Post Harvey Weinstein, Kevin Spacey, Louis C.K., and Roy Moore, to name a few, we are having tough — but honest — conversations about the ubiquity of sexual harassment and abuse. It’s clearly time to embrace real reform. One thing that’s plain is that workplaces must have robust anti-harassment policies and practices in place if they are going to avoid incidences of abuse or weather these incidents when they do happen. Here are three things that need to happen to make places of employment safer for everyone.
The first thing is probably the hardest. That is, sexual harassment needs to be discussed during the hiring process. Prospective hires should be told that the organization is committed to creating a workplace that is free of sexual harassment and abuse. Hiring managers should assess the risks of sexual abuse associated with the position being filled, and discuss them with candidates. Applicants for teaching or coaching positions should be asked what they will do to ensure that no boundaries are crossed with students. A small tech start-up, where the expectation is that new employees will need to work late hours on site, should ask applicants how they think sexual harassment can be avoided in such situations. These discussions will help determine whether and how the employee will fit into a workplace culture that is committed to safety, and it’s as important to address these workplace norms as it is a prospective hire’s experience and qualifications.
In my work with organizations, employers show the most resistance to this suggestion. I suspect that’s because it’s hard to talk about sexual harassment. To do so is an acknowledgment that it happens. Until recently, this is something that few people were willing to openly admit. The first step in building an organizational culture in which sexual harassment and abuse are rare is to hire people who understand that safety is a top priority. This applies whether you are hiring a school president or a customer service representative.
Second, implement a robust policy on sexual harassment. Every organization needs a policy on sexual harassment and abuse under Title VII and Title IX. Effective ones define what sexual harassment is and clearly state consequences for violating the policy. If an employee breaks the rules, they must be held accountable, without exception.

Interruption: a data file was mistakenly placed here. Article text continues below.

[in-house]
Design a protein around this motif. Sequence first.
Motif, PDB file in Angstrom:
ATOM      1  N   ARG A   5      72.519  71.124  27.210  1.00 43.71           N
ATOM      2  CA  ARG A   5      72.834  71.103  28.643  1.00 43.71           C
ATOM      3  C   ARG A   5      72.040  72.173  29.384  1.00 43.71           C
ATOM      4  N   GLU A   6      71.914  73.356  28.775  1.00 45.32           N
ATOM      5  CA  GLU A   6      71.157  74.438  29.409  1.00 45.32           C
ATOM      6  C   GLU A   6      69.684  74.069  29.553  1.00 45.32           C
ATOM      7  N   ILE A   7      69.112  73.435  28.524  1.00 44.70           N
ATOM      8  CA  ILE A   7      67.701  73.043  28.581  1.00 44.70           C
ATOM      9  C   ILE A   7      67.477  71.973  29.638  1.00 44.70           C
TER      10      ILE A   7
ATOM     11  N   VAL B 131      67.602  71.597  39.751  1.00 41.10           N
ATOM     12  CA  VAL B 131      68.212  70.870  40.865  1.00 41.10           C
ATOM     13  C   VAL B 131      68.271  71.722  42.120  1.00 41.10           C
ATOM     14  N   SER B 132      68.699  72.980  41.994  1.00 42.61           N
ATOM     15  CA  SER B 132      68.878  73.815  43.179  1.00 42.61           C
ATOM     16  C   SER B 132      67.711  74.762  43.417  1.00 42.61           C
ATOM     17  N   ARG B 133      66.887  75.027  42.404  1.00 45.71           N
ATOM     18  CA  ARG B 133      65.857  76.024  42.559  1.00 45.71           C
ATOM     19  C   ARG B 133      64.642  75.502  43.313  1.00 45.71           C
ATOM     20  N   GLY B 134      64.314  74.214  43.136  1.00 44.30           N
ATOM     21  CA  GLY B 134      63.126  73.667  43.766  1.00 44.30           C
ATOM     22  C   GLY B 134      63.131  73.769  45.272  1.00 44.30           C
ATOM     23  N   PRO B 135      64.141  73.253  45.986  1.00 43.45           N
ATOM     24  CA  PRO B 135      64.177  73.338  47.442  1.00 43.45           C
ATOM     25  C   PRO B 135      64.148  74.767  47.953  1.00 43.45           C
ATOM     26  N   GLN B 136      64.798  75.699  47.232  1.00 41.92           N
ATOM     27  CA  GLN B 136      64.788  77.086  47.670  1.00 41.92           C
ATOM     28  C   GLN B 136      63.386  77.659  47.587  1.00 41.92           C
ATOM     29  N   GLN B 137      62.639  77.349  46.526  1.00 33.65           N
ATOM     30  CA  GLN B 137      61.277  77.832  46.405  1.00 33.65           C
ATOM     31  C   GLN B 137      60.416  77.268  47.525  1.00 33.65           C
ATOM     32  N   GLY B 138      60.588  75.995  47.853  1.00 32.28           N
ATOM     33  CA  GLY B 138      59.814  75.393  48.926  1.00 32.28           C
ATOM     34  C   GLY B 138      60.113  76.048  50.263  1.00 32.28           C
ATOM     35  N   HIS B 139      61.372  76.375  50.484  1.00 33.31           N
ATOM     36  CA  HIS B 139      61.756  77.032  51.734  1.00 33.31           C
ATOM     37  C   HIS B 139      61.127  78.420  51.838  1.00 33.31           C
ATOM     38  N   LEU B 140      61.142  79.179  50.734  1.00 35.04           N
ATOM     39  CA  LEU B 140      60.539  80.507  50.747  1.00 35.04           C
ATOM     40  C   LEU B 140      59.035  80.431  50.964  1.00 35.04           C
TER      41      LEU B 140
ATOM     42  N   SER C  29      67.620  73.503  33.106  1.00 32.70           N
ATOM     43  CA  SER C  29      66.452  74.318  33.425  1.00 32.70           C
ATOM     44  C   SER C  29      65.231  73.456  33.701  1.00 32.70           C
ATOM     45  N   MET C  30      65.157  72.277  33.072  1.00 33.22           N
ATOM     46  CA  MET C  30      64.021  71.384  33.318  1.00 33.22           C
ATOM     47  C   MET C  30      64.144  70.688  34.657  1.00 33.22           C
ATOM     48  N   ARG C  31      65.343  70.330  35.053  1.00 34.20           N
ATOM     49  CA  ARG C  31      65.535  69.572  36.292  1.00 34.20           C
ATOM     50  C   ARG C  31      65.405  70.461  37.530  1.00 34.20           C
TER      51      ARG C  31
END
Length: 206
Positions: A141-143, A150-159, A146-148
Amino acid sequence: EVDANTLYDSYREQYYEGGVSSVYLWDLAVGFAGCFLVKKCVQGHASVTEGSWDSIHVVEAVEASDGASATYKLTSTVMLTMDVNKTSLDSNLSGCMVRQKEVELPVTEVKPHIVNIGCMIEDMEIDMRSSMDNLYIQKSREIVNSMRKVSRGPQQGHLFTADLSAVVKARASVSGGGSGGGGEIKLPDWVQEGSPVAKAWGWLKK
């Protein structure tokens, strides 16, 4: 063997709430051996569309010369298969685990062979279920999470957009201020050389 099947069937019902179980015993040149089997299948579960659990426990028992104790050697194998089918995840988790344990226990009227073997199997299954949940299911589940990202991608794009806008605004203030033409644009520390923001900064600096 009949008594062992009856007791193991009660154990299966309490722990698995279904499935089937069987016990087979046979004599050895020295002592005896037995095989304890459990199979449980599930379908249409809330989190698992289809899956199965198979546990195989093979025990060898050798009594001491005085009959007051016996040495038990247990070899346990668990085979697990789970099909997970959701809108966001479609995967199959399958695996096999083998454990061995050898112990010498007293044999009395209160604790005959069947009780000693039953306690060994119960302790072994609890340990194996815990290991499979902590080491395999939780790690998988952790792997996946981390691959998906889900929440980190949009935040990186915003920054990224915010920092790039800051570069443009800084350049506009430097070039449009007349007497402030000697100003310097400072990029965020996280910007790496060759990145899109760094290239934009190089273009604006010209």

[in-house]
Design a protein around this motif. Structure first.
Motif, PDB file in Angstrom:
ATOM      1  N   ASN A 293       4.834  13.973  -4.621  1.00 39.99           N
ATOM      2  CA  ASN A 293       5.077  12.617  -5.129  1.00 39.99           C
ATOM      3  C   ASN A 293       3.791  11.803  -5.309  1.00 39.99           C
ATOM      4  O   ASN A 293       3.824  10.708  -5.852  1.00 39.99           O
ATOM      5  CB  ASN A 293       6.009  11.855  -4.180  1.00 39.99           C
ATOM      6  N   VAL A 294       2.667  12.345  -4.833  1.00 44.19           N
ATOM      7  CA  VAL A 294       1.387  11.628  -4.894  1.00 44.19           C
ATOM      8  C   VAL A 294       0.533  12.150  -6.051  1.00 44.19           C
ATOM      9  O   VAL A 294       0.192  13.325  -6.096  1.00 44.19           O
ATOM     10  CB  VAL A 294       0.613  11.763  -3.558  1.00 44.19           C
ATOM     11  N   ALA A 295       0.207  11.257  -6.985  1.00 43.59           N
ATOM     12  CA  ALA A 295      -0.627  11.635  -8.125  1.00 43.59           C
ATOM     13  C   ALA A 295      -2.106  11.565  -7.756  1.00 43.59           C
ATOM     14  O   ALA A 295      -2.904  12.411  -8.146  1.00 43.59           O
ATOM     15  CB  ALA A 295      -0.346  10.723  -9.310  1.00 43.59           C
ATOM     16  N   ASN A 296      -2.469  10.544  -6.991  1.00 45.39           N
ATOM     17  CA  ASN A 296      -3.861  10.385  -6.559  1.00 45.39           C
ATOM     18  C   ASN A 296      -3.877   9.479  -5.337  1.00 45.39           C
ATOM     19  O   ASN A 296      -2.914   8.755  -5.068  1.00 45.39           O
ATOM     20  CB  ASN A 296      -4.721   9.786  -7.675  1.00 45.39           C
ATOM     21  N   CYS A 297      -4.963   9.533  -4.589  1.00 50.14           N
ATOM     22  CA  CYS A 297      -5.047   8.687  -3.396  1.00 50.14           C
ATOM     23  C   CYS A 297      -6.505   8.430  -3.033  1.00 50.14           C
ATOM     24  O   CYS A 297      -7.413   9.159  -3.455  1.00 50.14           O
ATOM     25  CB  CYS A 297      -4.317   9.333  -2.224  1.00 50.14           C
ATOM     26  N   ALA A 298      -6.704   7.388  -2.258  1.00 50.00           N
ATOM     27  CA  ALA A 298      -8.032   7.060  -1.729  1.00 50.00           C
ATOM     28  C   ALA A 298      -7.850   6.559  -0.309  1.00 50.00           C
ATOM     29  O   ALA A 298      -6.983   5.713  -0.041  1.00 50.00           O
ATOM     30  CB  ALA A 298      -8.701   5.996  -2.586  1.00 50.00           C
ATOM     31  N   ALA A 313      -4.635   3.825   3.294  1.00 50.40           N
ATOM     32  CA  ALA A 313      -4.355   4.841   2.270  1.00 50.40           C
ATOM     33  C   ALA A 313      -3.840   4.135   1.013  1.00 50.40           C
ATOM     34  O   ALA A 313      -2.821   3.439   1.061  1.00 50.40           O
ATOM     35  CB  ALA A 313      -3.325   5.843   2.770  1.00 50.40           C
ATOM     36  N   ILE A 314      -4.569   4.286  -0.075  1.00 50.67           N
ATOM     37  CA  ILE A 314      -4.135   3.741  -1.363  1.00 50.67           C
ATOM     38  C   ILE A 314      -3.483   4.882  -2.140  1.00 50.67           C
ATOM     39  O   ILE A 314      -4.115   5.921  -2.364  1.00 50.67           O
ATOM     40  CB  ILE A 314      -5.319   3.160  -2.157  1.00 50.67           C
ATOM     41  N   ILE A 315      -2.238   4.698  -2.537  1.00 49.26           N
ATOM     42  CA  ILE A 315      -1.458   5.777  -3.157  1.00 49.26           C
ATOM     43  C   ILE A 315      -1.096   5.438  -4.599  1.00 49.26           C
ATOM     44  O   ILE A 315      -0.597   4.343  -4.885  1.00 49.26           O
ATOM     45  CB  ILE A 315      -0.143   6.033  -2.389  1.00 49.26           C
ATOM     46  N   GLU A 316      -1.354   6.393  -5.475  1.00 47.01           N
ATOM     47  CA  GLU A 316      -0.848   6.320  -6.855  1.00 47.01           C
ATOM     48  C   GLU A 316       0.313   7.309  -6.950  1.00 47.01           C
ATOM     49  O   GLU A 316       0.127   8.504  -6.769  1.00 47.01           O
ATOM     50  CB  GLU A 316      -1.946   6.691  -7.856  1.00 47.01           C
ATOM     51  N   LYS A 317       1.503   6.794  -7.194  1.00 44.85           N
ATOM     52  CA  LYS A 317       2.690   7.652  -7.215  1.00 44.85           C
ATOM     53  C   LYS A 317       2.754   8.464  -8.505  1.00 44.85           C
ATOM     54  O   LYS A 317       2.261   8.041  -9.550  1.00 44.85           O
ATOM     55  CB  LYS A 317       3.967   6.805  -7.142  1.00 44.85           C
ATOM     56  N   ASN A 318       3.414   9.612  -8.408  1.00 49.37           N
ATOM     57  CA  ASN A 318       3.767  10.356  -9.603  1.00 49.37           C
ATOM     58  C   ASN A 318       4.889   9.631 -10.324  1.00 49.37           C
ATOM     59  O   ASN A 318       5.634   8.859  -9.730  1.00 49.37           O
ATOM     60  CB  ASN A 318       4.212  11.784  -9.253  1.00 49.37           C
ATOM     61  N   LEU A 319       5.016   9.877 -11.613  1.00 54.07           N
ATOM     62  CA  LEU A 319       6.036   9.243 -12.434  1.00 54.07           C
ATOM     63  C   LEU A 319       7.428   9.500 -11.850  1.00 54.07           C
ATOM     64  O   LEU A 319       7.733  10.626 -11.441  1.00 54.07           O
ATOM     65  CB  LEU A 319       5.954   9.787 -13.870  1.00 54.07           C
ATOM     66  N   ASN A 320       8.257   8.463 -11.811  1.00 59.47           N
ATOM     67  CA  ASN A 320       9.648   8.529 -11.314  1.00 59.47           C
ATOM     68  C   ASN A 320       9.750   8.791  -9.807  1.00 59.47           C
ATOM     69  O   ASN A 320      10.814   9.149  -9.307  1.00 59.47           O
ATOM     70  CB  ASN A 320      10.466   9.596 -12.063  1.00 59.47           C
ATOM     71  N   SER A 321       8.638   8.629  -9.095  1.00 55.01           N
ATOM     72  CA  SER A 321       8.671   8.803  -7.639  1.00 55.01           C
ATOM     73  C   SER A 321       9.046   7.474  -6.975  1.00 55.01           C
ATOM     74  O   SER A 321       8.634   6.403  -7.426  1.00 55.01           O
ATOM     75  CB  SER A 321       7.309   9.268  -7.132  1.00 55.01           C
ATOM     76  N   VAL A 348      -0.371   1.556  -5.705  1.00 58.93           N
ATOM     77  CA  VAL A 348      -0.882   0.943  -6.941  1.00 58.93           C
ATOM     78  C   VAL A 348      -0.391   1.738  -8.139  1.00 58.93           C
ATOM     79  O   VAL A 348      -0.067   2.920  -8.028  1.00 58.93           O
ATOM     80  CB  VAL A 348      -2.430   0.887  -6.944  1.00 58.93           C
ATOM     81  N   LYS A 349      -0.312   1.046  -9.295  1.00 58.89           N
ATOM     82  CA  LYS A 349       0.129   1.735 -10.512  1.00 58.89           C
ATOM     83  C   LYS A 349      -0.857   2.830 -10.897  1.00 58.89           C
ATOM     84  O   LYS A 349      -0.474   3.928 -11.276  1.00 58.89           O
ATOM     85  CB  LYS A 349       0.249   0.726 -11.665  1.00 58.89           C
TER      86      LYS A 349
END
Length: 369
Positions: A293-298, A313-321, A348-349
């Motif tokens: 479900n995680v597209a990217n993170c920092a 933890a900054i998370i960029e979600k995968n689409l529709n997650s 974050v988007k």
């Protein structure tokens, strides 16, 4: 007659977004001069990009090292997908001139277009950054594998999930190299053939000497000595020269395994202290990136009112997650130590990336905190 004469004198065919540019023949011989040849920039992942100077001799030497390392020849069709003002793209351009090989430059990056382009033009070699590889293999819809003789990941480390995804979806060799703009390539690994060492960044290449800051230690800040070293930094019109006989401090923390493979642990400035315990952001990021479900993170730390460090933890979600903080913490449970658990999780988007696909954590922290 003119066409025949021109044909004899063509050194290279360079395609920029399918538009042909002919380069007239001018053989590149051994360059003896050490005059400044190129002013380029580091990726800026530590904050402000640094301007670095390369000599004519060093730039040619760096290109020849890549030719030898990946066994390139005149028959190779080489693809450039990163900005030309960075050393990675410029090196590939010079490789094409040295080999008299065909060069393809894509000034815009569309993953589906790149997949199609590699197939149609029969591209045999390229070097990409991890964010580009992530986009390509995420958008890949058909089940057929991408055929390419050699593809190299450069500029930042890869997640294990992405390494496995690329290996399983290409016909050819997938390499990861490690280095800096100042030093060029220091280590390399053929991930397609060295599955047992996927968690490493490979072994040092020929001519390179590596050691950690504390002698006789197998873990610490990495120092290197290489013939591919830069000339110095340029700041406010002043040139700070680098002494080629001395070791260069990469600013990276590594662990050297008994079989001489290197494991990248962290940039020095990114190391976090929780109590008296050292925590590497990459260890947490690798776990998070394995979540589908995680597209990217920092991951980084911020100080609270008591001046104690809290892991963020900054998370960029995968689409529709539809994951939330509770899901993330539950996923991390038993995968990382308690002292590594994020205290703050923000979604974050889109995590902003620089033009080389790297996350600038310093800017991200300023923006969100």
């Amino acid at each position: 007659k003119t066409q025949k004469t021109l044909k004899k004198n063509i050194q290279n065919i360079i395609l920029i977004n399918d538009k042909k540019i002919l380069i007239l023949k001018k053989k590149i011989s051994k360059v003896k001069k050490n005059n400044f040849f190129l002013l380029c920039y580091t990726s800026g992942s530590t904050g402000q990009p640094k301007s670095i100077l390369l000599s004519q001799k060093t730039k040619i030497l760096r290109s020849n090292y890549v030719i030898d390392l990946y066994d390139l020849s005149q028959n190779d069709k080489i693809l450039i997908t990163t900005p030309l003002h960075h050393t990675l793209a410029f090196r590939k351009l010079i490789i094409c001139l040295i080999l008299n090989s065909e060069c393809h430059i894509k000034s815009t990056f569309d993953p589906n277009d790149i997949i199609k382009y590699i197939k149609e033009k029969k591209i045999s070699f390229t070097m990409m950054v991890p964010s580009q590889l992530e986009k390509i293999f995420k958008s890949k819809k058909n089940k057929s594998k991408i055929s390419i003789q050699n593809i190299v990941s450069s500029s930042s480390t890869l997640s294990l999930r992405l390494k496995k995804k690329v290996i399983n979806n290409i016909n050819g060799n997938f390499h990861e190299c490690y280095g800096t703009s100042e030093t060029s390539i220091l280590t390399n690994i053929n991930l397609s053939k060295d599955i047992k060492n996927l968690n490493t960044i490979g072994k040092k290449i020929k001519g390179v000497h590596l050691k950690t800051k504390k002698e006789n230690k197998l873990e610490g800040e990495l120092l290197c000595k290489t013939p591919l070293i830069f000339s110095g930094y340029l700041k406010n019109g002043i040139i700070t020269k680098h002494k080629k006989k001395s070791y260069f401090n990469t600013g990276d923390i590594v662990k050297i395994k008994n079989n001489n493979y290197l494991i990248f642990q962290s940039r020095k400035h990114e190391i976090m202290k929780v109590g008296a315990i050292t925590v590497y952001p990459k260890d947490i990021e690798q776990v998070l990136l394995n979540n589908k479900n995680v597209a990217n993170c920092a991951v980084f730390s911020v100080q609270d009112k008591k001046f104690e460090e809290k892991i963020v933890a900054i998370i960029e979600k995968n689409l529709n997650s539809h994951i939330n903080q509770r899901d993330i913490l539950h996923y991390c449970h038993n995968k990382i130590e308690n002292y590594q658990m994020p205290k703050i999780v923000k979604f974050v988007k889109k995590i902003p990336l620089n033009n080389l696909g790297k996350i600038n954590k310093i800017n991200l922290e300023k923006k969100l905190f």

Policies must also explain the steps that an employee should take if they have been harassed by a colleague, customer, or supervisor. Stories about sexual abuse in the workplace are often discounted if the employee fails to notify human resources. Most employees do not go to human resources with serious complaints because they understand that the human resources department does not work for them; it works for the company. Good policies outline internal and external options for reporting harassment. Explanations about the internal option must disclose limits to confidentiality, such as whether a report about sexual harassment automatically triggers a notification to senior managers. The external reporting option should direct employees to a rape crisis center or victims’ advocacy organization where they can receive confidential care and counsel. The policy should send the message that the organization cares for its employees’ safety and well-being and will not tolerate sexual harassment or abuse.
Finally, figure out ahead of time what the company response will be if a key employee is accused of harassment. Every workplace or school has its own Harvey Weinstein — or two or three. These employees are the untouchables. They are beloved teachers, top-selling software reps, winning coaches, and brilliant CEOs. They are so talented and productive that they are viewed as critical to the organization’s success, and no one wants to see them leave. It’s not unusual for supervisors and staff in human resources to bend the rules to keep these performers happy.
Put a crisis plan in place that outlines the steps that will be taken if an untouchable is accused of sexual harassment. Remember that offenders purposefully target people they perceive to be vulnerable or less believable, such as people of color or young employees — and they count on you to take their word over those of anyone making an allegation. These steps should include hiring an outside party to investigate and committing to follow the investigator’s recommendations, even if they are to fire the offender. Top leaders at the company and the board of directors should sign off on the plan ahead of time, and every employee should be made aware of the plan. In this way, decisions about what to do will not have to be made in the midst of a crisis, and powerful employees and executives will not get the kind of protection Weinstein did for so many years.
Bringing these conversations to your school or workplace is a massive disruption to business as usual, and that’s exactly what we need.
Gina Scaramella is the executive director of the Boston Area Rape Crisis Center.